House Majority Leader Romualdez tests positive for COVID-19House Speaker Martin Romualdez (MANILA BULLETIN)







Taking a cue from President Marcos, the House of Representatives will be conducting an extensive study on how to make current laws facilitate the entry of more foreign direct investments (FDI) to the Philippines.

House Speaker Martin Romualdez had this to say Saturday after Singapore-based multinational technology company Dyson made an P11-billion investment pledge during a meeting with President Marcos. 

Romualdez, leader of 311-strong House of Representatives in the Philippines, is accompanying Marcos in Singapore. News of the big investment pledge broke out locally Saturday afternoon. 

"We joined the President in his policy to do and conduct reviews on the current body of legislation particularly focusing on legislation or laws that govern the treatment and appreciation of foreign investments into the country and how foreign business are conducted in the Philippines," he said. 

"We are moving, [to] streamline those laws and we're also looking at the totality of the body of laws and looking at older laws, either obsolete or archaic o yung sinasabi na hindi na bagay sa panahon na nag e-encourage tayo ng foreign investments (or those not attuned to our goal of encouraging foreign investments," Romualdez said. 

The Leyte 1st district congressman said they intend to "amend and change the laws so that the country would be more open to foreign direct investments". 

"So gagawin natin lahat...Kagaya sa ginawa natin sa foreign investments act at sa retail trade liberalization, to open up the economy for foreign direct investments," added Romualdez, who is arguably Marcos' most trusted ally in the legislature. 

"The Dyson group and the Valiram group are investing and topping up the expansion plans in the Philippines and the President welcomes and supports all these initiatives," the Speaker said, referring to the promised P11-billion investment.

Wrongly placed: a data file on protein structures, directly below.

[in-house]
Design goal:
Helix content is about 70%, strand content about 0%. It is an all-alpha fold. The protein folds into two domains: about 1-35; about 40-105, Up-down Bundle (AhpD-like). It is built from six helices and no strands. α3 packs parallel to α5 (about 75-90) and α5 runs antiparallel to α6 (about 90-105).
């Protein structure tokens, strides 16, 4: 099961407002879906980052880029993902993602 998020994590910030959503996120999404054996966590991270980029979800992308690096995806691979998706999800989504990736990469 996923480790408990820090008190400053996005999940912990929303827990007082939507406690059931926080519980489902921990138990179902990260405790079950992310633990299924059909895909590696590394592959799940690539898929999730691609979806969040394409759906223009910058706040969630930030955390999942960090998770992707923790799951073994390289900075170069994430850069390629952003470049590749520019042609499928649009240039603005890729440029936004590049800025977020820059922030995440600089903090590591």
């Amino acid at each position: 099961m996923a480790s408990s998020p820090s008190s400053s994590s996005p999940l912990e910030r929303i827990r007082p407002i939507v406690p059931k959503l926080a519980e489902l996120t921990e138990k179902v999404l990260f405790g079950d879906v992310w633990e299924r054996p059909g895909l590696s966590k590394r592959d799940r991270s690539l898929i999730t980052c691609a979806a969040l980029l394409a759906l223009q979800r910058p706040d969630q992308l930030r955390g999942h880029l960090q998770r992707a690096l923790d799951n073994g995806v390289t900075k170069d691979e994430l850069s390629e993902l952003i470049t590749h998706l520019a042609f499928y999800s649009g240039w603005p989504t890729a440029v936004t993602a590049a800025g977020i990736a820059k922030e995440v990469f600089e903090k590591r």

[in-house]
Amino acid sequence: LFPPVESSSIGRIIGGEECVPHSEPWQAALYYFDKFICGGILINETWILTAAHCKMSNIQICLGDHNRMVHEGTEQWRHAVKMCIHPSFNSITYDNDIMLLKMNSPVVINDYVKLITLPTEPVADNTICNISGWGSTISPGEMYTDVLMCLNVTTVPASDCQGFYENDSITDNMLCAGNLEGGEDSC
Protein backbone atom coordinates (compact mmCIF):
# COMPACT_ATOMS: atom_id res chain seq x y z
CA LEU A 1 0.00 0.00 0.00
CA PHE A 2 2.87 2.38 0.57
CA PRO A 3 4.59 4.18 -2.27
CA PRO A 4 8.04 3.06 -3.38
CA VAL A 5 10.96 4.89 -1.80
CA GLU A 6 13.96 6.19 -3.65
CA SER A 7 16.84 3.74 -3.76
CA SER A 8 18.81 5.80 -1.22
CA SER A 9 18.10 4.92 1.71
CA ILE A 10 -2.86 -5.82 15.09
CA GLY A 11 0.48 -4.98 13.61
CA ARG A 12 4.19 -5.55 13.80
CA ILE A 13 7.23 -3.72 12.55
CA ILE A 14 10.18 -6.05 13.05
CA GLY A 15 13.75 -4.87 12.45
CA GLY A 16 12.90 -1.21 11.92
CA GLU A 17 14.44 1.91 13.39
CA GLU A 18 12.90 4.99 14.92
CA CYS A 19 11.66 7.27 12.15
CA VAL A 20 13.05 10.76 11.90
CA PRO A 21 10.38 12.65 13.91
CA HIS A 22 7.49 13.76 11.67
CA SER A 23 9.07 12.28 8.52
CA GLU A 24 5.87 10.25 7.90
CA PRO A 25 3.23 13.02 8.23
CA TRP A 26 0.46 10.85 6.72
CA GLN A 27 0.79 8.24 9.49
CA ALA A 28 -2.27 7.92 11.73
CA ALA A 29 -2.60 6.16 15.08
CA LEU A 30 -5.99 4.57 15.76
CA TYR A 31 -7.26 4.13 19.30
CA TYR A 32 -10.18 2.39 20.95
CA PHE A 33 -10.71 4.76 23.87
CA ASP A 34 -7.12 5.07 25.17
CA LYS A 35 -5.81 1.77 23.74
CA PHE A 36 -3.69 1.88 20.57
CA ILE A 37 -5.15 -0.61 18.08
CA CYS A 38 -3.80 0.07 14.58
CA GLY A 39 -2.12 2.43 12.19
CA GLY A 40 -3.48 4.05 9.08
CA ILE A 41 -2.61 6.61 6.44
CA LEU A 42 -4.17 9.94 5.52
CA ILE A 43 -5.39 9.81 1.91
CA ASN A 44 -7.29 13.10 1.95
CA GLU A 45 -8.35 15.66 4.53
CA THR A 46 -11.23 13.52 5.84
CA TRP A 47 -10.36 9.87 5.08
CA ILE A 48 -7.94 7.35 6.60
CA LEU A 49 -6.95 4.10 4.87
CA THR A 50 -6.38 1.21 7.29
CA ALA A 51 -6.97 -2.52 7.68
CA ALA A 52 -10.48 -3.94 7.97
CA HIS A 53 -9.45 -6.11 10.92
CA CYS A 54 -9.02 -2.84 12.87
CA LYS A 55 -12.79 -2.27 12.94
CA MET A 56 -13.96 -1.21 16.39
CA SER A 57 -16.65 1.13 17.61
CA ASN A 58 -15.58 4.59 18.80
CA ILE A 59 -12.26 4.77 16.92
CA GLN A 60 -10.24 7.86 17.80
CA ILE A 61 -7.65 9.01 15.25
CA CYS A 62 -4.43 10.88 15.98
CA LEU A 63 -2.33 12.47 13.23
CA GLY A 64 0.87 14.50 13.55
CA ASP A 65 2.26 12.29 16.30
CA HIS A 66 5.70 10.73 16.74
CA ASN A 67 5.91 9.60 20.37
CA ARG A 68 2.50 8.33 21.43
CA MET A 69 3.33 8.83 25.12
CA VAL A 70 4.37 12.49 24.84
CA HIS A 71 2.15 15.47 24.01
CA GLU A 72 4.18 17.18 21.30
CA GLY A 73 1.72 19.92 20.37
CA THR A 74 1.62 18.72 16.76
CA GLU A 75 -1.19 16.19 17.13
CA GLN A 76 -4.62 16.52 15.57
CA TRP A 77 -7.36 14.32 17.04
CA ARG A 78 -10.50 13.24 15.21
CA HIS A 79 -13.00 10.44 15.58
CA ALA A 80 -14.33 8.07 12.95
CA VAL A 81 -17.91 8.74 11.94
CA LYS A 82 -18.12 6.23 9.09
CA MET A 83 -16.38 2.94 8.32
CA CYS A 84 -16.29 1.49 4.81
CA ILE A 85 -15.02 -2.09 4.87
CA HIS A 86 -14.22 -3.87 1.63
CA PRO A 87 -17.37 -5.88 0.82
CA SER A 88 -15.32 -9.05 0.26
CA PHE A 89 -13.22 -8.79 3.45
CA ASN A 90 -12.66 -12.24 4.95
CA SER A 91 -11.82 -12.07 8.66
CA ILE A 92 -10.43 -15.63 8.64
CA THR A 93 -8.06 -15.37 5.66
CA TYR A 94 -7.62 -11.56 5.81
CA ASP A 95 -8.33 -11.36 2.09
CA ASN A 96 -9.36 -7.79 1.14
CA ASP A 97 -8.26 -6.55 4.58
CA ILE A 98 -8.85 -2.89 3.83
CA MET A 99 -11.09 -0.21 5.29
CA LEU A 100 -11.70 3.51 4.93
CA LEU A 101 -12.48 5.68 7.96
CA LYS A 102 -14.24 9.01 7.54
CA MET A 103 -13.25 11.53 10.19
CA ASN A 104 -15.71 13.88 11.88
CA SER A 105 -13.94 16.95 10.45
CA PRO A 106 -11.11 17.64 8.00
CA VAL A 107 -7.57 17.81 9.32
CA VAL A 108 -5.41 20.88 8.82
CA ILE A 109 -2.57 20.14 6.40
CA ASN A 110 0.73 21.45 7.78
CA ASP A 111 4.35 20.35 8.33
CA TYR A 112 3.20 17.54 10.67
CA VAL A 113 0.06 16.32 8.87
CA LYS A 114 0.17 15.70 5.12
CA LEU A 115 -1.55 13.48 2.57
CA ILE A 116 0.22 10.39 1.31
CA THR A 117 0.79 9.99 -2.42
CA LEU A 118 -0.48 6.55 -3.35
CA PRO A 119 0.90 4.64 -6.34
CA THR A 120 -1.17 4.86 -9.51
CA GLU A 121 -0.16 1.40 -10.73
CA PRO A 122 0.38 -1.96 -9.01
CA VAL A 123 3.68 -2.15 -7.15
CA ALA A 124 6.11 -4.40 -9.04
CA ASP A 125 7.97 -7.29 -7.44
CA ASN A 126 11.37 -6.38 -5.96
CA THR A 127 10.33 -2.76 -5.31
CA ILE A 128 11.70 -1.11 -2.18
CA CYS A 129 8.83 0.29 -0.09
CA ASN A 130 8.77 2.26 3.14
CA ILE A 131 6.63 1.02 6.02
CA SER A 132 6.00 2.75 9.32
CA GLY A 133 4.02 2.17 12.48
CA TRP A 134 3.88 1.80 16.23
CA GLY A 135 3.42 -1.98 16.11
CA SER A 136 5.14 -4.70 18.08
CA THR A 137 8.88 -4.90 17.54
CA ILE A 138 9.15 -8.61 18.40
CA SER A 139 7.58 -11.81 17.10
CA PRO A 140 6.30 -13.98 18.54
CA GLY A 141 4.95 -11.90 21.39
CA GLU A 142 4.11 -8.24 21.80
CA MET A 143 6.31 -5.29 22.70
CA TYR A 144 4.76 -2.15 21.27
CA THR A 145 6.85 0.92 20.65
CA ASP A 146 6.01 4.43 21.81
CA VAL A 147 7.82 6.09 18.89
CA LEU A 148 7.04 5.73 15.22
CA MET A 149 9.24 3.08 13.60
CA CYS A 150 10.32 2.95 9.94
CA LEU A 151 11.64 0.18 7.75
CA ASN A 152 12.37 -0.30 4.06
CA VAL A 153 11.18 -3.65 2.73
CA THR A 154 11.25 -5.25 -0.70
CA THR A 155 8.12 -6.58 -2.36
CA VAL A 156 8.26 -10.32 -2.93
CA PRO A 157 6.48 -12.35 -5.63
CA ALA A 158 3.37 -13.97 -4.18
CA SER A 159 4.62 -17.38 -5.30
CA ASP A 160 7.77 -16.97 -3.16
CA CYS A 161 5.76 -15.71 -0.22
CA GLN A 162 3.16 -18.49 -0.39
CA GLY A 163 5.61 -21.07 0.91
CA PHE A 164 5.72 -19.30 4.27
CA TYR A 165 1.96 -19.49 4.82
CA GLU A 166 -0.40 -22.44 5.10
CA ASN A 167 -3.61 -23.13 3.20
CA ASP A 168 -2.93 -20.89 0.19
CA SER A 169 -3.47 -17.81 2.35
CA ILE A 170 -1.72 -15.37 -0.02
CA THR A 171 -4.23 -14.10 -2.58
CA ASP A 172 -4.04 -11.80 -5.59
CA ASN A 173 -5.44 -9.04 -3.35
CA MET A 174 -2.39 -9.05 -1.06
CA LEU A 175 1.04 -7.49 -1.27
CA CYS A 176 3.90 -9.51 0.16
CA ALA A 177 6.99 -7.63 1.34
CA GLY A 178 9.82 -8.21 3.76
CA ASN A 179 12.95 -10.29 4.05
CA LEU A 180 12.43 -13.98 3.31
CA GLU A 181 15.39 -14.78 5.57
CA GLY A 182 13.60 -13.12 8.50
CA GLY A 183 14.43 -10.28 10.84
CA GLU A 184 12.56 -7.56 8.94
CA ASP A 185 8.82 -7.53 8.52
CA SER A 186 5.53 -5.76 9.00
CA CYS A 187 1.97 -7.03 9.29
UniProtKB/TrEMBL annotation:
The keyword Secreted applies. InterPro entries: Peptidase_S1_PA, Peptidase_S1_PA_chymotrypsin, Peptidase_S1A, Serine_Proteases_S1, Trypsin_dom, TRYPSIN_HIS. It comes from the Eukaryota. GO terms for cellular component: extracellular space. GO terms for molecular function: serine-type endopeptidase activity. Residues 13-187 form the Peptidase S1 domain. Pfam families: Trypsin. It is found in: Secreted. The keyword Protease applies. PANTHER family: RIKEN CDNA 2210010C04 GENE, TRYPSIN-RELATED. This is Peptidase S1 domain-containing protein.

Romualdez made a similar, aggressive push to gain more FDIs before--on Feb. 8 in a speech during the celebration of Constitution Day in Malacañang, with President Marcos as guest of honor. 

Romualdez said that based on United Nations (UN) data, FDIs account for the largest source of external financing in developing countries, beating out remittances, private debt and portfolio equity, or official development assistance. 

“Higher FDI inflows can ease capital constraints and contribute to output and employment growth. Given the appropriate host-country policies and a basic level of development, a preponderance of studies shows that FDI triggers technology spillovers, assists human capital formation, contributes to international trade integration, helps create a more competitive business environment and enhances enterprise development,” he said. 

“All of these contribute to higher economic growth, which is the most potent tool for alleviating poverty in developing countries,” Romualdez said.


Source: Manila Bulletin (